Rewards for Behavior

Under the direction of the classroom teacher:

1. Teach the desired behavior:

  • Specifically and explicitly teach the behavior expectation and have group practice the behavior
  • Give positive feedback and use precision commands to correct undesired behavior

2. Students choose the reinforcer (reward)

  • Give them a list of rewards that are appropriate, use non-monetary rewards

3. Make it visual

  • Chart progress visually (stickers on a chart, marble jar, yes/no cards, marks on board)

The student can earn a piece of a puzzle and when the puzzle is completed, they can receive a reward – such as the puzzle glued together and placed in a picture frame.

Use charts or maps to help students track the many times they do things correctly (especially behavior). Draw a smiley face, or give smiley stickers. Use numbers on the map or chart with very young children to help them as they learn to count.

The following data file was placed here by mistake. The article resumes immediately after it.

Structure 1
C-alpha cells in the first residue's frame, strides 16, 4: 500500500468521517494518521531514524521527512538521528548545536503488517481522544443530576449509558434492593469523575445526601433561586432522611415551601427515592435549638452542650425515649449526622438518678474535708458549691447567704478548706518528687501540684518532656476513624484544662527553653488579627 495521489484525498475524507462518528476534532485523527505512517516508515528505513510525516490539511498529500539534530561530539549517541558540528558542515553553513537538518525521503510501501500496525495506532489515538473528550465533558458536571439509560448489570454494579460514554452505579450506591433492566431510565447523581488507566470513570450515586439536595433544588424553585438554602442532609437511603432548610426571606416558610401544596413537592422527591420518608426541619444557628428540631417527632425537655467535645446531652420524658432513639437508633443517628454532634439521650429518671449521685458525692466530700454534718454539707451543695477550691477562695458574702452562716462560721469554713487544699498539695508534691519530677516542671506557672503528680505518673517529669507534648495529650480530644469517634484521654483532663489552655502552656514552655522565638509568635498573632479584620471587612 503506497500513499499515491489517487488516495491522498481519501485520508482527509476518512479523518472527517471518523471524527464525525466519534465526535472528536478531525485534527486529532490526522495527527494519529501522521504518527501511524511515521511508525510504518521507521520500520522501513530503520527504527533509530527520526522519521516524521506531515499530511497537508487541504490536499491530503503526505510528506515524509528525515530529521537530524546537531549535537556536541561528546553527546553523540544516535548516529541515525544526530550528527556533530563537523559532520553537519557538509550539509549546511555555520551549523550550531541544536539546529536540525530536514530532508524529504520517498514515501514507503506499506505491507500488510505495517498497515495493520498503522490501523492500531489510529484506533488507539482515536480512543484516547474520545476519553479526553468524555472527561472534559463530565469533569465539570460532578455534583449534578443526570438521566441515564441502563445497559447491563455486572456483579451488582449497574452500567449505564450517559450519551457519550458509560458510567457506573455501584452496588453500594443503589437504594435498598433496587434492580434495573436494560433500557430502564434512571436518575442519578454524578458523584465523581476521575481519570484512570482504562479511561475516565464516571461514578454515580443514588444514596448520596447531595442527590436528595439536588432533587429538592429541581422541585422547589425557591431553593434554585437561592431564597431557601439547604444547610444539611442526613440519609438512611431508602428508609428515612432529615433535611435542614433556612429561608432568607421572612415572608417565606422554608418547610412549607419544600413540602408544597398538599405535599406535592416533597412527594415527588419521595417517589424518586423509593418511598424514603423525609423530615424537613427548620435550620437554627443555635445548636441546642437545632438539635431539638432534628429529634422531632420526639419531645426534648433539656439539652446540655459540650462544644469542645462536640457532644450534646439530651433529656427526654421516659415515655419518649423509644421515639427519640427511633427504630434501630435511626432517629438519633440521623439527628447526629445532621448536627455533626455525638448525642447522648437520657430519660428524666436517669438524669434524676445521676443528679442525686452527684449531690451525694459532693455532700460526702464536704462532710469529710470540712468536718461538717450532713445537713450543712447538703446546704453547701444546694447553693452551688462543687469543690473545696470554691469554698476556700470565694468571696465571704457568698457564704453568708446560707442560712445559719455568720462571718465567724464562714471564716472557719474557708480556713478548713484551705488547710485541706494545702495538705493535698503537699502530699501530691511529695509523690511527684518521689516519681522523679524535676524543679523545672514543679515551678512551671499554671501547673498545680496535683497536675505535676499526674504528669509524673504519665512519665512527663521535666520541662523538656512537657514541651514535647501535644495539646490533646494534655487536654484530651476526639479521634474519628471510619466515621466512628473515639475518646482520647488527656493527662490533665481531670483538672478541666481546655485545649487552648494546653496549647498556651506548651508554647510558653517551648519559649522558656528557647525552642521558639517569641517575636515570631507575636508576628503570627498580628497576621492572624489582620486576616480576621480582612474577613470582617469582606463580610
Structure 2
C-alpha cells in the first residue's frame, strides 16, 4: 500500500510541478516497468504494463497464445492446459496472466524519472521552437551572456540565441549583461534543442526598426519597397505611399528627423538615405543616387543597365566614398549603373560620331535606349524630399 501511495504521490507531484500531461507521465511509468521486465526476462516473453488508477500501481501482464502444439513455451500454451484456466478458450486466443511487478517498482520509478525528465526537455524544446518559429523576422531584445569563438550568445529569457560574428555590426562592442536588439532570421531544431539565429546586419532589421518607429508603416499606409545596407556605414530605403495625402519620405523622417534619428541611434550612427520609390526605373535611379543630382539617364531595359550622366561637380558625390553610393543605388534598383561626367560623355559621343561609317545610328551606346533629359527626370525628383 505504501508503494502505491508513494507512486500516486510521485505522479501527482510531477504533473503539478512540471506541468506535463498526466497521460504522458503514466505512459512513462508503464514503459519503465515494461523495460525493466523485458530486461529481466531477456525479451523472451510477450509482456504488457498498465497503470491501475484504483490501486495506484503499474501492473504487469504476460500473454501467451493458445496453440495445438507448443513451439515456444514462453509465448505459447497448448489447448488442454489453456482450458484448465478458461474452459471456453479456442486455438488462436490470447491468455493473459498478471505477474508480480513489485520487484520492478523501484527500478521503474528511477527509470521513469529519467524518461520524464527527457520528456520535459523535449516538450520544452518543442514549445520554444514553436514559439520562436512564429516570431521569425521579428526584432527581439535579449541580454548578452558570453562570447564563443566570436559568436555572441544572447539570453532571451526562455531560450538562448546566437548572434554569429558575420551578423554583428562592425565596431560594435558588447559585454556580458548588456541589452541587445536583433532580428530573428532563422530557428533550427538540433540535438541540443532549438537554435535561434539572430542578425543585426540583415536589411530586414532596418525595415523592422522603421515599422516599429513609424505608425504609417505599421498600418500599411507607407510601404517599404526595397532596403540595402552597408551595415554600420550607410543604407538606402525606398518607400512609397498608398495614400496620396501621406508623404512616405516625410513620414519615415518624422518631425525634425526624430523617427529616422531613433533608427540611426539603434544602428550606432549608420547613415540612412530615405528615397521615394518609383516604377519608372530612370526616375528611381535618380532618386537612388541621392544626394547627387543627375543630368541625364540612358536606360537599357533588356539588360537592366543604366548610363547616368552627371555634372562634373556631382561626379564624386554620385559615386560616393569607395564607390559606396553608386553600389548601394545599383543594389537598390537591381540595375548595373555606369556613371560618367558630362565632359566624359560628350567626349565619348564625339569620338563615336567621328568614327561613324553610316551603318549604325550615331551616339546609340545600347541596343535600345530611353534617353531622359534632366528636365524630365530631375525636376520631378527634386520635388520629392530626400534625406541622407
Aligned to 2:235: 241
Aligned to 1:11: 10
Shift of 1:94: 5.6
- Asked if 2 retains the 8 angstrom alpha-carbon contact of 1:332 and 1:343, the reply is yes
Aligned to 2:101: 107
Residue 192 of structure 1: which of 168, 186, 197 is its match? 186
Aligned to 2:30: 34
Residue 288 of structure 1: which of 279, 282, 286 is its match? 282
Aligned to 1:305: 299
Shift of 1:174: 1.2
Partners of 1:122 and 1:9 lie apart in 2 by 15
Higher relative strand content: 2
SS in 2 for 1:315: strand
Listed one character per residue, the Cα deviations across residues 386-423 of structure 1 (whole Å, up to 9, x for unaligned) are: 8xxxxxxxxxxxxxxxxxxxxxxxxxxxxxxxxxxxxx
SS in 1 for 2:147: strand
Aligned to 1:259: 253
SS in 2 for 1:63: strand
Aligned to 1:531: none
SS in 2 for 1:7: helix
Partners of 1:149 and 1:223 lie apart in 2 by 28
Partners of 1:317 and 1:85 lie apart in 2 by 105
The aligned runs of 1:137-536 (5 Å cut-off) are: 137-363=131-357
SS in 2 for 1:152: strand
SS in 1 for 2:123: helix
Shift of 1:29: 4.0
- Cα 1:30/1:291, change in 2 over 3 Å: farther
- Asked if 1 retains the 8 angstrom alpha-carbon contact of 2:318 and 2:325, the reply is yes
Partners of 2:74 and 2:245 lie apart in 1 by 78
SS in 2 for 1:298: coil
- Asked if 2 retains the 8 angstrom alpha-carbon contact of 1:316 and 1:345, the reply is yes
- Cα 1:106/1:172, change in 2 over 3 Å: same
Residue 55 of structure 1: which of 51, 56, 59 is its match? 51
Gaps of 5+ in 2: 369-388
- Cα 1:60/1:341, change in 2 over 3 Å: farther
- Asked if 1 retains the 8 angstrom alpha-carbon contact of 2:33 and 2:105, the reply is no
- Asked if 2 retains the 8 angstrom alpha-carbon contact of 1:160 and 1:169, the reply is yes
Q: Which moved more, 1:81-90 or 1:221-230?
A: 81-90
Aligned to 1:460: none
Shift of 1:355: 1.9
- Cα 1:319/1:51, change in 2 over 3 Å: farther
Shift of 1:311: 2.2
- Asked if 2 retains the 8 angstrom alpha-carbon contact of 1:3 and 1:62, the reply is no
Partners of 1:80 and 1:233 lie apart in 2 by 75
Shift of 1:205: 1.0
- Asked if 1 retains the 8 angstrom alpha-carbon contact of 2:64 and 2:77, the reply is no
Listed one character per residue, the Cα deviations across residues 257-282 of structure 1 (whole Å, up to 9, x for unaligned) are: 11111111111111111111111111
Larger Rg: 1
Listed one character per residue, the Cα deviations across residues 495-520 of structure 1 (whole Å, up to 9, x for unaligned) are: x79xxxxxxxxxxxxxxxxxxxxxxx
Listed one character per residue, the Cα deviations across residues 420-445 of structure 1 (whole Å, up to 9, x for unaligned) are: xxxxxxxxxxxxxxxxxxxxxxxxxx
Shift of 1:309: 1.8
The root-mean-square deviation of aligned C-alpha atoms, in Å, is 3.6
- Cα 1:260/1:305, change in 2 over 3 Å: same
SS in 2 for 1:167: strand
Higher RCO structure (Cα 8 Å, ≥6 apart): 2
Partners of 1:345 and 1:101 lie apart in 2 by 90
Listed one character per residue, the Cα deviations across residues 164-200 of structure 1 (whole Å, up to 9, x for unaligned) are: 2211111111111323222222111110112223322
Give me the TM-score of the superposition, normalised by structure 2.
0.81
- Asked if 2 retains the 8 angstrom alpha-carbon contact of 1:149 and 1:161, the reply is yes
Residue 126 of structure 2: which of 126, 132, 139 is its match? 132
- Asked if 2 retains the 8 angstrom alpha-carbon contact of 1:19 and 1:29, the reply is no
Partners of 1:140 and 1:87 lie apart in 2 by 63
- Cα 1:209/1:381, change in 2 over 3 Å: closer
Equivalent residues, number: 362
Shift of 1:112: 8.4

Give students a 3 x 5 card that has the name of the child on it. Carry a single-hole punch with you and give students a single-punch on the card when they accomplish a task. Students count the holds in the card to earn a reward.

Place a large glass jar in a classroom location where it can be easily viewed by the pupils. Drop a marble into the jar when a pupil or pupils perform the requested tasks. This works well for group contingencies. (Group contingencies: a reward that is dependent upon the behavior of the whole group.) With the teacher’s approval, the pupils could earn extra computer time, or extra recess time.